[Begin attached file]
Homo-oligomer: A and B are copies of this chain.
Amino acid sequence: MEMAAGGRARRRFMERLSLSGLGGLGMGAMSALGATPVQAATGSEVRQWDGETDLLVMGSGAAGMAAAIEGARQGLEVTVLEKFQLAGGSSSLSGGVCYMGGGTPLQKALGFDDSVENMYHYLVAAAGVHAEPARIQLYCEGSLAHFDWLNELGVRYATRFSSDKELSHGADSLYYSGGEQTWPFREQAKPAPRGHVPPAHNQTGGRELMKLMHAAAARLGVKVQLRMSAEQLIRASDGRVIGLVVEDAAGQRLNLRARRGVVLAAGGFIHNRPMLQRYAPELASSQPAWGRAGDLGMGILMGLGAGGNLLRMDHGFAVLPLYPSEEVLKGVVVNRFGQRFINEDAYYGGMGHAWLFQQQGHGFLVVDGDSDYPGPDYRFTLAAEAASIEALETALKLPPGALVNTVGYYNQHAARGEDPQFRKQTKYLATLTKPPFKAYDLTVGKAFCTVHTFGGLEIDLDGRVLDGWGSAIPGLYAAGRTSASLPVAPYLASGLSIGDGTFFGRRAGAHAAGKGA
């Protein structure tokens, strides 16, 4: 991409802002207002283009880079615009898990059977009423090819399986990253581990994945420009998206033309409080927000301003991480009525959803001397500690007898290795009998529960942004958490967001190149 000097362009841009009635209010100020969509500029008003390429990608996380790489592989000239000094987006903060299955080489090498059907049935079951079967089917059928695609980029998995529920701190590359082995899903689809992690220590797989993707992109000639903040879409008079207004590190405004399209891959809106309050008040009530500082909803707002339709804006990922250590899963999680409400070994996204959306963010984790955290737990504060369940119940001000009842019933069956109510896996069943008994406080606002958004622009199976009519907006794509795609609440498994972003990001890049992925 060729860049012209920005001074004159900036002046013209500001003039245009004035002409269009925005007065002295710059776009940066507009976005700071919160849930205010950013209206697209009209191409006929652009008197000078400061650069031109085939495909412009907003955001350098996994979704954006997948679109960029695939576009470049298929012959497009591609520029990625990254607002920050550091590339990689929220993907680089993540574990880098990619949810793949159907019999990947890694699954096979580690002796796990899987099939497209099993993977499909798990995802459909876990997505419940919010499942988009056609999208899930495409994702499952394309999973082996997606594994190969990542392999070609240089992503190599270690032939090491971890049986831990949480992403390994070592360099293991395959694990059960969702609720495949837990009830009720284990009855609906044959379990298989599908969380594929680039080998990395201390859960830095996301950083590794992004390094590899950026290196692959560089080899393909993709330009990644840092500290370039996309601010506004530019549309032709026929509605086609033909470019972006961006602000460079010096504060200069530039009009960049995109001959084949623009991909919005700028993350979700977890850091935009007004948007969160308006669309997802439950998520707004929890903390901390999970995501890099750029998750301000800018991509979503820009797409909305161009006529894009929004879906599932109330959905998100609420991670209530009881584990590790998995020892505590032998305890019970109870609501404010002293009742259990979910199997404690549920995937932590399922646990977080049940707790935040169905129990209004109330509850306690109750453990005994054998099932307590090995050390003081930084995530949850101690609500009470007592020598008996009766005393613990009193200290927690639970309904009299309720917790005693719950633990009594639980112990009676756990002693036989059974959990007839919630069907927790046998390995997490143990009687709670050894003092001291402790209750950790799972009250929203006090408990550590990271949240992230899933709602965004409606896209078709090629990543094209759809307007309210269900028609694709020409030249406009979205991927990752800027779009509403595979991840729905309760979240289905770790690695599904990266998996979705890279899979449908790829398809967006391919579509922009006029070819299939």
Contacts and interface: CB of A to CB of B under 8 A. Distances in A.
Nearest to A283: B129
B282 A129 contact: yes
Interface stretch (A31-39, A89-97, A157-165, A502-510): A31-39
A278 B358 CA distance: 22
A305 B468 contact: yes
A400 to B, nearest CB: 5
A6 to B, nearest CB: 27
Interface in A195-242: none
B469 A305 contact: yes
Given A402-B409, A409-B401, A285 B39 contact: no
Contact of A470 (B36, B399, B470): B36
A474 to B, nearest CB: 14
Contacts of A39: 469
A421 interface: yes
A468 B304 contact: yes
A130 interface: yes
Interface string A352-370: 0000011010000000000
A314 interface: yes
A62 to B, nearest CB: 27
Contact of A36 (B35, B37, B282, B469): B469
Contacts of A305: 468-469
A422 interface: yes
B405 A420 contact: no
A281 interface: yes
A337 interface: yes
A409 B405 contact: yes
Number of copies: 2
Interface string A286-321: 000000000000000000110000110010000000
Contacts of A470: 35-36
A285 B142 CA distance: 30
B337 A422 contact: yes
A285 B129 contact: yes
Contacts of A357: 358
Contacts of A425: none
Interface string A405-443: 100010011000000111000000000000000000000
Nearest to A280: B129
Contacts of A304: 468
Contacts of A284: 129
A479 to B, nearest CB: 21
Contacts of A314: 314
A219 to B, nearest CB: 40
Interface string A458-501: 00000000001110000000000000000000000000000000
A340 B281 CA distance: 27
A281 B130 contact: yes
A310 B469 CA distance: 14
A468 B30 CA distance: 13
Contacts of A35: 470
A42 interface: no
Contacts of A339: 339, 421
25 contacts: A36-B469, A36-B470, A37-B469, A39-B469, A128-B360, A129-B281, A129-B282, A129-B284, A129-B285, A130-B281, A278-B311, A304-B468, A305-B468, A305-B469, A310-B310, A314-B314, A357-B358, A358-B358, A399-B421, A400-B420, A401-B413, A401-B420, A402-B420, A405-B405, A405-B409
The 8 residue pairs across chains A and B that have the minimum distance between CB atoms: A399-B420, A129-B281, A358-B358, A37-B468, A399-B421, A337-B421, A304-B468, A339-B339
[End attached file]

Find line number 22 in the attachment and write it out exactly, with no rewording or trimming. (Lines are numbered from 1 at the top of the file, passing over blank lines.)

A314 interface: yes